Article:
Securing Documents with Digital Signatures – Part 2

In the first part about digital signatures we dealt with the different forms of signatures and had taken up the question to what extent a document with a digital signature is legally valid. This second part deals with the underlying encryption technique.

In connection with a digital signature one often speaks of a so-called “key technology”. This PKI technology (Public Key Infrastructure) has certain requirements. These include a digital certificate from a certification authority (CA) as well as certain software and tools so that the certificates can be attached and managed. The Bundesnetzagentur (Germany) is responsible for the certification service providers.

The basis of this technique is the principle of cryptography. This works with checksums/encrypted hash values that can be correctly assigned, just like a fingerprint. The hash values thus guarantee the integrity of the data and offer protection against manipulation.

What is a cryptographic hash function?

Examples of cryptographic hash functions and cryptographic checksums are authentication procedures (such as the digital signature). Cryptographic hash functions are a subset of cryptography.

In the procedure with a cryptographic checksum (also hash), a character string (with a fixed length) is formed from data records of any length. This is often referred to as a “digital finder’s imprint”.

A distinction is made between keyless and key-dependent hash functions. The former has only one input value. Keyless hash functions are OWHF (One-Way Hash Function) or CRHF (Collision Resistant Hash Function). Key-dependent hash functions require a secret key as a second input value. These are called Message Authentication Codes (MAC) or HMAC, CBC-MAC or UMAC.

Not all hash values in themselves are automatically cryptographic hash functions. For this, certain requirements must be fulfilled, such as uniqueness (identical character string must always lead to the same hash value), reversibility (hash value cannot be recalculated back to the original character string) and collision resistance (different character strings never result in the same hash value). To satisfy cryptographic applications such as authentication and encryption, all of these requirements must be met.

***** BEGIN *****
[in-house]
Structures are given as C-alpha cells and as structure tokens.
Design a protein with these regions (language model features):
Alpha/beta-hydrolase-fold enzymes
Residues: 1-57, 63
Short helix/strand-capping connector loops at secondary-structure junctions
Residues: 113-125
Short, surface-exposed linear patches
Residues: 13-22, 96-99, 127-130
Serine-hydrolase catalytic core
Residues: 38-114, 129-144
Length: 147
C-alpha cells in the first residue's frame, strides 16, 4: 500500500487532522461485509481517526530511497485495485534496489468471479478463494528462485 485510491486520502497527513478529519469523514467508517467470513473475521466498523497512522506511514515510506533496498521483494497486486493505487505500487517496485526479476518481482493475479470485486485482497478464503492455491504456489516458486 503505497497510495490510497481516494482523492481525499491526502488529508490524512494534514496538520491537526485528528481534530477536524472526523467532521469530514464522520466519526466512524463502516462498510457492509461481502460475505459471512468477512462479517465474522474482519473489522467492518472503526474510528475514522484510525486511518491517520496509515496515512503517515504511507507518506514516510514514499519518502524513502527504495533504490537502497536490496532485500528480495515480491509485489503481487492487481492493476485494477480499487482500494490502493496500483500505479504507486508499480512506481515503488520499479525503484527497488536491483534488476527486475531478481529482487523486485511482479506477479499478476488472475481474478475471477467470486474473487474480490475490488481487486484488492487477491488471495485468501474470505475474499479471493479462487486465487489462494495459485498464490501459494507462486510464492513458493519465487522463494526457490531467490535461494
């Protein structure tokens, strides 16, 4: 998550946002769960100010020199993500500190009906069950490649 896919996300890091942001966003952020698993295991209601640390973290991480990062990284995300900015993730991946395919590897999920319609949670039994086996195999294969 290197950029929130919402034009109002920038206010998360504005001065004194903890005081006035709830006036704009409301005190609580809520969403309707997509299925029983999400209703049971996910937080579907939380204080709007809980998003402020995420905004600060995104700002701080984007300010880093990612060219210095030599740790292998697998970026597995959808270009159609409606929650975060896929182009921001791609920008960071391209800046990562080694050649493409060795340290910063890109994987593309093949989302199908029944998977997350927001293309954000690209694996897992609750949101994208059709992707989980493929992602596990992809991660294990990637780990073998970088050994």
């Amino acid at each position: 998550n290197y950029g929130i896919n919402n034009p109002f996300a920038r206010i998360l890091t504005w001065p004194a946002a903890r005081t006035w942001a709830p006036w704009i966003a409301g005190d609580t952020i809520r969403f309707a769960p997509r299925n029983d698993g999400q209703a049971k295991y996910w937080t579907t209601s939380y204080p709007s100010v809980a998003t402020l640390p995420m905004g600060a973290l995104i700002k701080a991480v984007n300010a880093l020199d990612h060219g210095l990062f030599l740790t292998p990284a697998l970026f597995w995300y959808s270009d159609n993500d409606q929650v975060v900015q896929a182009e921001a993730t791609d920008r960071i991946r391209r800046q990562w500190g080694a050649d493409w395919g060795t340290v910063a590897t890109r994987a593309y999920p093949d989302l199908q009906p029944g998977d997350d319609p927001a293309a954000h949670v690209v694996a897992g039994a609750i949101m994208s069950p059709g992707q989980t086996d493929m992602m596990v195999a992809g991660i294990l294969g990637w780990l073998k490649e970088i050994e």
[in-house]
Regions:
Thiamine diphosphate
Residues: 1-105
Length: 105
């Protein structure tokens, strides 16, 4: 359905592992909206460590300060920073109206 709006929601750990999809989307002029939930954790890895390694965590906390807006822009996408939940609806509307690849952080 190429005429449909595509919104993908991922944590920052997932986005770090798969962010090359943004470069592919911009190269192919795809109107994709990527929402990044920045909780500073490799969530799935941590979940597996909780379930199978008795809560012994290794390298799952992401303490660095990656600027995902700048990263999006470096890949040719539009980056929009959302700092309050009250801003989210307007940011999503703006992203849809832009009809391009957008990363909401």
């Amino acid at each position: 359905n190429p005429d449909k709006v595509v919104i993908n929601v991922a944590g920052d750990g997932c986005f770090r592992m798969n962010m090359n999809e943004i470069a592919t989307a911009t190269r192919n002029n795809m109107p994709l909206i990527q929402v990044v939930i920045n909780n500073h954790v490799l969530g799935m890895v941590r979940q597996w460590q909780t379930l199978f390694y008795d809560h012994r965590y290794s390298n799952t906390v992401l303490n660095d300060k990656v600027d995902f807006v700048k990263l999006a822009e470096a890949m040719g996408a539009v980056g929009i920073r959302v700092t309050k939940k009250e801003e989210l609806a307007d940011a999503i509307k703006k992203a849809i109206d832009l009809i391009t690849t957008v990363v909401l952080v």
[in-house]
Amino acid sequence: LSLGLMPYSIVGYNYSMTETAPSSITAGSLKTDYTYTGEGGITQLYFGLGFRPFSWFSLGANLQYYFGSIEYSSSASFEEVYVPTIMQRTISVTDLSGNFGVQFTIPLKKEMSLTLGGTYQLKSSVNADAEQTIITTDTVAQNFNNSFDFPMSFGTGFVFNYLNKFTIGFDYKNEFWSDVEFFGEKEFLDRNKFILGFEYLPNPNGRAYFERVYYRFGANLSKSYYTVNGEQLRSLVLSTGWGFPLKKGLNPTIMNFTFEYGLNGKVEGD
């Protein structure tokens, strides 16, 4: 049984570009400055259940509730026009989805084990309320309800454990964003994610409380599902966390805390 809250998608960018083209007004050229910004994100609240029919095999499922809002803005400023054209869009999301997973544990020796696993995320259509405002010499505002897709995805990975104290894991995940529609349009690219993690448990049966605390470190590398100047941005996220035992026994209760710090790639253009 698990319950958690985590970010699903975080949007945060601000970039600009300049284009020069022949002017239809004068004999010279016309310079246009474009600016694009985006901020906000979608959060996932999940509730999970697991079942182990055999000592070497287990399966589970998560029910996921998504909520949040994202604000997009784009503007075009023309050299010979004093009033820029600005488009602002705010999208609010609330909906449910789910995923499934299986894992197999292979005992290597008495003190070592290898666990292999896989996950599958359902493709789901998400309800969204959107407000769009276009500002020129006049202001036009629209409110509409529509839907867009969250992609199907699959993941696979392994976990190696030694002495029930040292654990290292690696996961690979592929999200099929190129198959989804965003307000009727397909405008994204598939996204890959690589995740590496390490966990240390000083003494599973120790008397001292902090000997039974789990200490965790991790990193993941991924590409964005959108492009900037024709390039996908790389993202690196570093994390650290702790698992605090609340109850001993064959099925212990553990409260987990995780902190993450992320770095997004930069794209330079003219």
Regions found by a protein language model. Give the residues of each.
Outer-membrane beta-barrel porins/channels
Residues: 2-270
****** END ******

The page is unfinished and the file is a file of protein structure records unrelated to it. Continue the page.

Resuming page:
What are the minimum requirements for cryptographic algorithms and for the generation of qualified electronic signatures?

The Federal Network Agency publishes the respective minimum requirements for electronic signatures. RSA, DSA and DSA variants based on elliptic curves (e.g. EC-DSA, EC-KDSA, EC-GDSA) are considered suitable digital signature procedures. Minimum lengths of the keys are specified for the procedures and certain requirements are placed on the parameters and the hash function.

Encryption technology for digital signatures

1. the documents to be backed up are stored in short form (hash value) – this procedure is not reversible.

2. then that value is encrypted and sent together with the document (that would be an electronic signature) – a key pair is formed, which consists of a private key and a public key. There is only one private key matching the public key.  – The background is a mathematical algorithm that functions like a cipher. The data generated is called a hash. With this action encrypted data are generated, that is the digital signature, which is also provided with a time stamp and is no longer changeable (then it would be invalid).

3. The public key is assigned to a person by means of an electronic certificate and the identity of the signature manufacturer is verified and unambiguously verified via the public directory of a certification provider. This is the condition for PKI. If a recipient receives a document that has been protected with a digital signature, he or she receives three components. The document, the signature (secured hash value) and the certificate. The recipient can then use the public key to recalculate the hash value. If the result matches the sent signature, this is proof that the sender and content are trustworthy. In this case, only the sender (who has the secret key) can have generated the signature. Otherwise, the public key would not match.

More information on generating digital signatures

More detailed information about signature application and signature generation at the BSI (Federal Office for Security and Information Technology in Germany).

Note: In our third part about digital signatures we will discuss how to create a digital signature with webPDF.